getting paid to take care of elderly parents

Are you losing money in an effort to provide “free” care for elderly parents or family members? In an effort to save money, many children of senior parents wind up losing money as the result of unpaid time off work or having to quit their jobs altogether. 

Fortunately, there are programs available that pay children to take care of their aging parents. The amount varies depending on your situation and rarely replaces a full-time salary. However, the financial boost may be just what you need to make it possible to take time off or minimize work hours to take care of the ones you love. 

Programs That Pay Children To Take Care Of Elderly Parents 

There are no programs out there that will fully compensate you for the countless hours you’ll spend caring for your aging parents. That said, the income derived from the following programs may help ends meet, or alleviate financial stress, along the way.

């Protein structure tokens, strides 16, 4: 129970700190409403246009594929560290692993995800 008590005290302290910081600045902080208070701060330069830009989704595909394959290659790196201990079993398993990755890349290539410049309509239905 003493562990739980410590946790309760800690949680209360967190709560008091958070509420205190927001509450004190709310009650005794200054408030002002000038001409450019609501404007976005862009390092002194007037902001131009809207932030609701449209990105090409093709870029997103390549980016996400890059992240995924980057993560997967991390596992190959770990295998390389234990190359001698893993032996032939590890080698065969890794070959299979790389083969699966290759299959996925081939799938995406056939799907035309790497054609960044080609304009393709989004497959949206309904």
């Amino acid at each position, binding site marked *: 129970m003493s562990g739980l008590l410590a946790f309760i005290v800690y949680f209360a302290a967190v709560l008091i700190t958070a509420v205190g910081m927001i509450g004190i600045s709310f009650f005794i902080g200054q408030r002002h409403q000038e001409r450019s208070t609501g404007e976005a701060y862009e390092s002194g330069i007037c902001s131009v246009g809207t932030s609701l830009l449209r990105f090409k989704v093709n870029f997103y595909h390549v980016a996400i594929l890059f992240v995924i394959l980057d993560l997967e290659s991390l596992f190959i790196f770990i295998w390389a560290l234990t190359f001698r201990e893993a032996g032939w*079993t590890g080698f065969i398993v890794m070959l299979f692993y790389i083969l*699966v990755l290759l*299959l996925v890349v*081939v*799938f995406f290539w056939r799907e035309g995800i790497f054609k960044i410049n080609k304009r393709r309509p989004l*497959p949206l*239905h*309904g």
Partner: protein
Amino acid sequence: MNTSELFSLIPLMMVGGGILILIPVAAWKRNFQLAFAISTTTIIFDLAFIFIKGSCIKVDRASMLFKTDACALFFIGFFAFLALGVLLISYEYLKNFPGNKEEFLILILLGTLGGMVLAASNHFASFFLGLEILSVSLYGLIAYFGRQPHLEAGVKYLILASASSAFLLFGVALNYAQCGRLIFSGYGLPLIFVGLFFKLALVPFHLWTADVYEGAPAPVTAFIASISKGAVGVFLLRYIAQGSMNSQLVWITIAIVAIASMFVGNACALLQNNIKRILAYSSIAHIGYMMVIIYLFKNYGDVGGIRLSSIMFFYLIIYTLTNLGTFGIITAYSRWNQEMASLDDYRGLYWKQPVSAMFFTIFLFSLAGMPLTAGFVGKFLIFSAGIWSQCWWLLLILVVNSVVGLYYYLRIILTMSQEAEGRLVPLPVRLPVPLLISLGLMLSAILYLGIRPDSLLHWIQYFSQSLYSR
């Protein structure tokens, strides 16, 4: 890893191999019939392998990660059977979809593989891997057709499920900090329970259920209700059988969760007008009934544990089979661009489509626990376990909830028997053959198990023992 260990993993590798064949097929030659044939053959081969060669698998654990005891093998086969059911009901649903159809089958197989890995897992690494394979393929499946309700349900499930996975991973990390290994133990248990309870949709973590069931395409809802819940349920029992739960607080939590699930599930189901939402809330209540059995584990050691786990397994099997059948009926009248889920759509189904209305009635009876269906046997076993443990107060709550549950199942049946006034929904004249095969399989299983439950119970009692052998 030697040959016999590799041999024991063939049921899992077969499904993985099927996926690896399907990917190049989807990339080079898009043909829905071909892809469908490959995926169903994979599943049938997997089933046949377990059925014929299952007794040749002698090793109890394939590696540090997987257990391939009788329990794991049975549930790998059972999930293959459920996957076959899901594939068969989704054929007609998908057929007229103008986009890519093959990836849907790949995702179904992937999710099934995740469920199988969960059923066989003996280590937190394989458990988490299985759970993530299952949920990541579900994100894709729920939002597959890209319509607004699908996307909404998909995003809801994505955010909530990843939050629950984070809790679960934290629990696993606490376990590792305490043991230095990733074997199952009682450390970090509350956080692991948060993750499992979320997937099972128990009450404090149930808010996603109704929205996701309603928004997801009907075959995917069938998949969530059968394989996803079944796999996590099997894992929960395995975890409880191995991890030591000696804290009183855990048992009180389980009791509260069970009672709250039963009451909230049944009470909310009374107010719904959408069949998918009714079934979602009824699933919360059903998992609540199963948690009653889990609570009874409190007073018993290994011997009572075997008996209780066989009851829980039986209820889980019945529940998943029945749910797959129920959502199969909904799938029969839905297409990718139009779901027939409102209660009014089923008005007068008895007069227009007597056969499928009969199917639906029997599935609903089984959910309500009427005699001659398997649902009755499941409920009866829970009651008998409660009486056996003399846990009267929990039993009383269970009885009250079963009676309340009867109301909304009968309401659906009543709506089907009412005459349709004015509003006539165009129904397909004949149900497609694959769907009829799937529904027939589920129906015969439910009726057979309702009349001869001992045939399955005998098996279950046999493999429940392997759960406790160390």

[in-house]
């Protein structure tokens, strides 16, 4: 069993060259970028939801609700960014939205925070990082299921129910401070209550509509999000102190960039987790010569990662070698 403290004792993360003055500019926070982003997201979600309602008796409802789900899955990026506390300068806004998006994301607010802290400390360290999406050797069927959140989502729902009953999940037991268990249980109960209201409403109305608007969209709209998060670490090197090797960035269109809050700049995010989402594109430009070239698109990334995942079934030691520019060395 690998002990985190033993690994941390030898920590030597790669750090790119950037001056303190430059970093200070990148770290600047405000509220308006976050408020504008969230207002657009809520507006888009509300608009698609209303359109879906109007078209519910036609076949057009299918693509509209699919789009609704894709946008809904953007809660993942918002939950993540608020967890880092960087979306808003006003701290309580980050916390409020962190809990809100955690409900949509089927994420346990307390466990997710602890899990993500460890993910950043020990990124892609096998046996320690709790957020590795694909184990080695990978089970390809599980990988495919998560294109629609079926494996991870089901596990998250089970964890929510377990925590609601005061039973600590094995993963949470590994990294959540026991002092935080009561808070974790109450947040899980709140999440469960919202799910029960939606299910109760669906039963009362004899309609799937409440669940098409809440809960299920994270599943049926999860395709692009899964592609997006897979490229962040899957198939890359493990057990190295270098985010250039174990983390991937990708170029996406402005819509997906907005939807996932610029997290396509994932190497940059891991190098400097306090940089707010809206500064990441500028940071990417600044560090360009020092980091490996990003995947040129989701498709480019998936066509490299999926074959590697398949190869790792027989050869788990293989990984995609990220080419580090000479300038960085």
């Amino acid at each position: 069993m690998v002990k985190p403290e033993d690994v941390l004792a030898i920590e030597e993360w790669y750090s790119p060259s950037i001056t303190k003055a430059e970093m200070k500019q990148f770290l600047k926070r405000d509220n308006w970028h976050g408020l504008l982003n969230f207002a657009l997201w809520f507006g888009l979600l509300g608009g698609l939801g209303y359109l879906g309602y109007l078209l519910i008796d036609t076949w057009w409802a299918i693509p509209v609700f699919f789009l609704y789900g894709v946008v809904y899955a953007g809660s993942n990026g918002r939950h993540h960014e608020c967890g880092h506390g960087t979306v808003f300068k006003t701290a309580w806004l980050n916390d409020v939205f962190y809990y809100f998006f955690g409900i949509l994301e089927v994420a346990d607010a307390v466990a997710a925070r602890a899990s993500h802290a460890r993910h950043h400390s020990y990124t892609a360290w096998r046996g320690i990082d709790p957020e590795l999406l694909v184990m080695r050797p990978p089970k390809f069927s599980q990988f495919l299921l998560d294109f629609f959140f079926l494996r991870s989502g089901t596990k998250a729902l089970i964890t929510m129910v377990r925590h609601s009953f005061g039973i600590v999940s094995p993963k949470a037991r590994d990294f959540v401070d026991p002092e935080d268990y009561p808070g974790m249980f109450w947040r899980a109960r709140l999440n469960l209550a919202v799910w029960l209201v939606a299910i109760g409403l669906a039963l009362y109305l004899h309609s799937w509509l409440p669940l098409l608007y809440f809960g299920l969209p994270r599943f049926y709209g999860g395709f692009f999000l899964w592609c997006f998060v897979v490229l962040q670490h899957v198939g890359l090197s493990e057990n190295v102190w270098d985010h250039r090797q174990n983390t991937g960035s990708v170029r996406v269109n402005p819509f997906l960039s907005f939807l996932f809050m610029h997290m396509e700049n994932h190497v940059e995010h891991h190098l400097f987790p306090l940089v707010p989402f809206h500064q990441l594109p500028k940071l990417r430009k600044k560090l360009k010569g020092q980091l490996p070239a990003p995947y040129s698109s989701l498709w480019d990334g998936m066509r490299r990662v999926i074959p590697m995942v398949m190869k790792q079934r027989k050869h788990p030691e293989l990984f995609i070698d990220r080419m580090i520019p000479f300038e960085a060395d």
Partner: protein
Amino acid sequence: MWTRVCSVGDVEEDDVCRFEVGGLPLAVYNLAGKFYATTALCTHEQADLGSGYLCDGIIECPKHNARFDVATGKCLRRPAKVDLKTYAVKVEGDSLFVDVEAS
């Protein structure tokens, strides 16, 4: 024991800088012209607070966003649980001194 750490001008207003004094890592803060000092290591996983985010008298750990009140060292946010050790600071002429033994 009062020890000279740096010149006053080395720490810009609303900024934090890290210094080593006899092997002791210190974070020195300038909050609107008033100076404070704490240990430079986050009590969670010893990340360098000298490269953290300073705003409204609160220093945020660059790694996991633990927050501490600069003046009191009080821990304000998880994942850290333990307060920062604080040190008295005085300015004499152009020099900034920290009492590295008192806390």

MediCal/Medicaid In-Home Support Services (IHSS) 

Medicaid services in all 50 of the United States provide some level of compensation to qualified individuals to manage their own, long-term care plan – as opposed to paying an agency to do so. In California, this can include hiring qualified children to provide care for senior parents.  

In fact, California has one of the more generous versions of this program because it also pays qualifying spouses, siblings, and extended family members. Those who provide care for qualifying individuals can get paid for everything from direct patient care to housekeeping and errand running, depending on the circumstances. 

This program is largely dependent on the income/asset value of the person requiring care. You can contact the MediCal Member Helpline to learn more about qualifications and how to apply. 

Home & Community-Based Services (HCBS) Waiver